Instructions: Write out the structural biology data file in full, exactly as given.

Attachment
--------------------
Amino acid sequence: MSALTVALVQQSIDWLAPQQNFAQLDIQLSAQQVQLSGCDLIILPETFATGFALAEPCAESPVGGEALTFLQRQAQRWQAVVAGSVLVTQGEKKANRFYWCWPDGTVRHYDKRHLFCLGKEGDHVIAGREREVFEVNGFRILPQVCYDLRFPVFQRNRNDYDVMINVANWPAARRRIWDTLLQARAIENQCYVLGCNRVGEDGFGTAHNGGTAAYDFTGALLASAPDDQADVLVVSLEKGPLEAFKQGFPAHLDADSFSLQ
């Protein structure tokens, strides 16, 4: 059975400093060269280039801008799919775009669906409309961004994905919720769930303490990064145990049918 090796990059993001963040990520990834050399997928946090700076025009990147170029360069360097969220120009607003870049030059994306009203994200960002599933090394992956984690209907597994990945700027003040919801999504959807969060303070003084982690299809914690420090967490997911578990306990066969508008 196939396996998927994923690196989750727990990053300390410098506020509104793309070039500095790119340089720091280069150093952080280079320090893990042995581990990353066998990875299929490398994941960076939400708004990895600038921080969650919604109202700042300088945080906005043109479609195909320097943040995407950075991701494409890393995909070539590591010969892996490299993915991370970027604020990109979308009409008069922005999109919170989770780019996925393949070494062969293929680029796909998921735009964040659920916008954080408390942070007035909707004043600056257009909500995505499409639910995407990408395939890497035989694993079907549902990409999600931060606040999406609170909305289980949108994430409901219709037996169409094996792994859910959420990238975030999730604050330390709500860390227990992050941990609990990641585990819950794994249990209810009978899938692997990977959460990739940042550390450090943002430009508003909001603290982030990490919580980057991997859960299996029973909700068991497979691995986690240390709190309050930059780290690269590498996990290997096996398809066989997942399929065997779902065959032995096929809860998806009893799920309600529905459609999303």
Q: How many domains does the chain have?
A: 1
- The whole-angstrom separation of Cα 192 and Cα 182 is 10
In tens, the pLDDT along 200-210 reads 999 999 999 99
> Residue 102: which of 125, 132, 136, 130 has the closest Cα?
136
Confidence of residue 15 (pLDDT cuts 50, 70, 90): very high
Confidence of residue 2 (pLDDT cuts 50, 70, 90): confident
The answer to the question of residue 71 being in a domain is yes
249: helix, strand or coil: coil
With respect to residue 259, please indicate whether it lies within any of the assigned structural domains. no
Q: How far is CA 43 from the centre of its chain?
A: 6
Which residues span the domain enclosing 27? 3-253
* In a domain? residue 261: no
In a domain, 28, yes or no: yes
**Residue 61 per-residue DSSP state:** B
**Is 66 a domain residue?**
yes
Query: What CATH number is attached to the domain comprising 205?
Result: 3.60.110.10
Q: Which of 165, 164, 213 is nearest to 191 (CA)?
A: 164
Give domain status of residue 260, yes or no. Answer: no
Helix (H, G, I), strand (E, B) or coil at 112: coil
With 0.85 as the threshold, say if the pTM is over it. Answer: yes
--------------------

Amino acid sequence: MSALTVALVQQSIDWLAPQQNFAQLDIQLSAQQVQLSGCDLIILPETFATGFALAEPCAESPVGGEALTFLQRQAQRWQAVVAGSVLVTQGEKKANRFYWCWPDGTVRHYDKRHLFCLGKEGDHVIAGREREVFEVNGFRILPQVCYDLRFPVFQRNRNDYDVMINVANWPAARRRIWDTLLQARAIENQCYVLGCNRVGEDGFGTAHNGGTAAYDFTGALLASAPDDQADVLVVSLEKGPLEAFKQGFPAHLDADSFSLQ
């Protein structure tokens, strides 16, 4: 059975400093060269280039801008799919775009669906409309961004994905919720769930303490990064145990049918 090796990059993001963040990520990834050399997928946090700076025009990147170029360069360097969220120009607003870049030059994306009203994200960002599933090394992956984690209907597994990945700027003040919801999504959807969060303070003084982690299809914690420090967490997911578990306990066969508008 196939396996998927994923690196989750727990990053300390410098506020509104793309070039500095790119340089720091280069150093952080280079320090893990042995581990990353066998990875299929490398994941960076939400708004990895600038921080969650919604109202700042300088945080906005043109479609195909320097943040995407950075991701494409890393995909070539590591010969892996490299993915991370970027604020990109979308009409008069922005999109919170989770780019996925393949070494062969293929680029796909998921735009964040659920916008954080408390942070007035909707004043600056257009909500995505499409639910995407990408395939890497035989694993079907549902990409999600931060606040999406609170909305289980949108994430409901219709037996169409094996792994859910959420990238975030999730604050330390709500860390227990992050941990609990990641585990819950794994249990209810009978899938692997990977959460990739940042550390450090943002430009508003909001603290982030990490919580980057991997859960299996029973909700068991497979691995986690240390709190309050930059780290690269590498996990290997096996398809066989997942399929065997779902065959032995096929809860998806009893799920309600529905459609999303």
Q: How many domains does the chain have?
A: 1
- The whole-angstrom separation of Cα 192 and Cα 182 is 10
In tens, the pLDDT along 200-210 reads 999 999 999 99
> Residue 102: which of 125, 132, 136, 130 has the closest Cα?
136
Confidence of residue 15 (pLDDT cuts 50, 70, 90): very high
Confidence of residue 2 (pLDDT cuts 50, 70, 90): confident
The answer to the question of residue 71 being in a domain is yes
249: helix, strand or coil: coil
With respect to residue 259, please indicate whether it lies within any of the assigned structural domains. no
Q: How far is CA 43 from the centre of its chain?
A: 6
Which residues span the domain enclosing 27? 3-253
* In a domain? residue 261: no
In a domain, 28, yes or no: yes
**Residue 61 per-residue DSSP state:** B
**Is 66 a domain residue?**
yes
Query: What CATH number is attached to the domain comprising 205?
Result: 3.60.110.10
Q: Which of 165, 164, 213 is nearest to 191 (CA)?
A: 164
Give domain status of residue 260, yes or no. Answer: no
Helix (H, G, I), strand (E, B) or coil at 112: coil
With 0.85 as the threshold, say if the pTM is over it. Answer: yes